Saturday, August 28, 2010

SATURDAY FOCUS: REMARKABLE WOMEN (2) Clare Mulley introduces Eglantyne Jebb

Mabel Kaplan
Isn't serendipity wonderful?
...I visited my local library yesterday, and the first thing I noticed was the poster by the 'in' desk: UN Convention on the Rights of the Child in Child Friendly Language. I looked at the credits and found the poster to be a collaborative Childrens Week Project between the Community Development Office for Children and Youth, Meerilinga Young Children's Foundation Inc and the United Nations Association WA Branch with acknowledgement to UNICEF for permitting the reproduction of their original text and poster design.
...It opened a lovely conversation between me and the librarians on duty. I thought Eglantyne and Clare would be pleased!

Hello Clare!
I can't tell you how much I'm looking forward to getting to know more about Eglantyne Jebb and the journey it's taken for you to uncover her story. Welcome!

Clare Mulley
Thank you, Mabel! I am delighted to be invited to talk about my new book, The Woman Who Saved the Children: A Biography of Eglantyne Jebb, Founder of Save the Children on your site, just as it is published in paperback in Australia.

Eglantyne's is a wonderful story. She set up Save the Children in 1919, at the end of the First World War, to bring relief to the starving children of Austria and Germany - a courageous and controversial aim at that time, and she was arrested in London’s Trafalgar Square for leafleting and chalking up the pavements, among other adventures, in an effort to get her message across. Later she wrote the pioneering statement of children's human rights that has since evolved into the UN Convention on the Rights of the Child; the most universally accepted human rights instrument in history.

One of the things I loved about her is that although she dedicated her life to promoting children's welfare and rights, she was not fond of children herself, once calling them 'the little wretches' and in 1919 claiming that 'I suppose it is a judgment on me for not caring about children that I am made to talk, all day long, about the universal love of humanity towards them'. Eglantyne was not an overtly sentimental or maternal woman, but she was inspired by a burning humanitarian compassion that helped to bring many back to reason after the horror of the war, saving the lives of many thousands of children immediately and many millions around the world since, and permanently changing the way the world regards and treats children.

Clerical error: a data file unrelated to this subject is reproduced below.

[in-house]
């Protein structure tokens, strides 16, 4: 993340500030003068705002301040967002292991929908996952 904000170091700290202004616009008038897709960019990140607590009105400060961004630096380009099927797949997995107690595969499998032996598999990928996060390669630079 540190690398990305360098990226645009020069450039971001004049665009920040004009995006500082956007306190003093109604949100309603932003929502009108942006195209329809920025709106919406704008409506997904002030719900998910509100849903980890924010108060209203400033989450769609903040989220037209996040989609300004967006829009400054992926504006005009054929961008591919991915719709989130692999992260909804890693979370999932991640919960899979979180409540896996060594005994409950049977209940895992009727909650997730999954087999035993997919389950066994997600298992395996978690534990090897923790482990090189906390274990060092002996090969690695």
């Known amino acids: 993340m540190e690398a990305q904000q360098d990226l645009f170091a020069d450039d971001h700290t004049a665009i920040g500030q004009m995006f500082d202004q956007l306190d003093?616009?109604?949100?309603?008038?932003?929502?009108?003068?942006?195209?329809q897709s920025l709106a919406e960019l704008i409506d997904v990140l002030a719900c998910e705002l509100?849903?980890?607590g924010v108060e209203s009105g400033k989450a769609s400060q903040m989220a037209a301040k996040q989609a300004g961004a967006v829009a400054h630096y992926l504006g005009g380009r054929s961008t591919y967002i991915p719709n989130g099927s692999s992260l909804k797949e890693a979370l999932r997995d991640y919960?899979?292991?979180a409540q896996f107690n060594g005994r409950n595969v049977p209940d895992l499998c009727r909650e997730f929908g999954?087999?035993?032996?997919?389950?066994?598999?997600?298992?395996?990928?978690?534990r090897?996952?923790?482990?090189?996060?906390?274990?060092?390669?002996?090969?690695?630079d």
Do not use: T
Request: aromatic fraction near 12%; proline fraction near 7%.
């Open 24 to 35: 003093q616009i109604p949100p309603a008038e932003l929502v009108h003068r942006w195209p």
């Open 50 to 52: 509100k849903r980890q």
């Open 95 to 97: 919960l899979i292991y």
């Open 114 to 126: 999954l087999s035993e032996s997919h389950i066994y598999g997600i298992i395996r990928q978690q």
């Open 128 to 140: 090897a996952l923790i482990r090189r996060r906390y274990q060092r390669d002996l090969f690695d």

Full of humour and tragedy, passion and pain, Eglantyne’s story takes her from illicit romance in Cambridge to espionage in Serbia, from private spiritualism to public arrest, and from chasing the Pope round the Vatican and being feted by the royals of Europe, and winning the support of both the fledgling League of Nations and Bolshevik government. And yet it is a story that has not been told for more than forty years.

I was working at Save the Children when I stumbled across some of her private letters in the Fund’s London archive, stuffed down a plastic crate, and could not believe how funny and controversial she sounded even today. It has been a fantastic experience getting to know this woman, and discovering that her story still holds huge resonance in today's world, as a powerful testament to the humanitarian spirit in recognizing the complexity and humanity of all people.

Clare Mulley’s award winning biography The Woman Who Saved the Children: A Biography of Eglantyne Jebb is published in paperback by Oneworld Publications, 2010.

All author royalties are being donated to Save the Children.

Saturday 4 September, 2010: Book Review by Mabel Kaplan

Saturday 11 September, 2010: The Research Process – An Interview with Clare Mulley

Saturday, August 21, 2010


Mabel Kaplan
When Clare Mulley and I were introduced over cyberspace by Catriona Hoy recently, little did I realise how that the meeting would take me on a new kind of blog journey - a journey into the worlds of three remarkable women whose lives and accomplishments are relatively unknown. Yet each of these lives touch on children caught up in the horror of civil conflict and war, poverty and disease.

Who are these women?
Eglantine Jebb (1876-1928),
Joice Nankivell Loch (1887-1982)
Pamela Ateka (1976-)

Clare Mulley
Over the next three Saturdays I will be exploring with author Clare Mulley, the life and times of Eglantyne Jebb. I have chosen Saturday because Eglantyne, born on Saturday, 26 August 1876 and (in accord with the old rhyme) true to the day her birth day, she 'worked hard for a living'.

Saturday 28 August, 2010: Clare Mulley introduces Eglantyne Jebb
Saturday 4 September, 2010: Book Review by Mabel Kaplan
Saturday 11 September, 2010: The Research Process – An Interview with Clare Mulley
Monday's child is fair of face,
Tuesday's child is full of grace,
Wednesday's child is full of woe,
Thursday's child has far to go,
Friday's child is loving and giving,
Saturday's child works hard for a living,
But the child who is born on the Sabbath Day
Is bonny and blithe and good and gay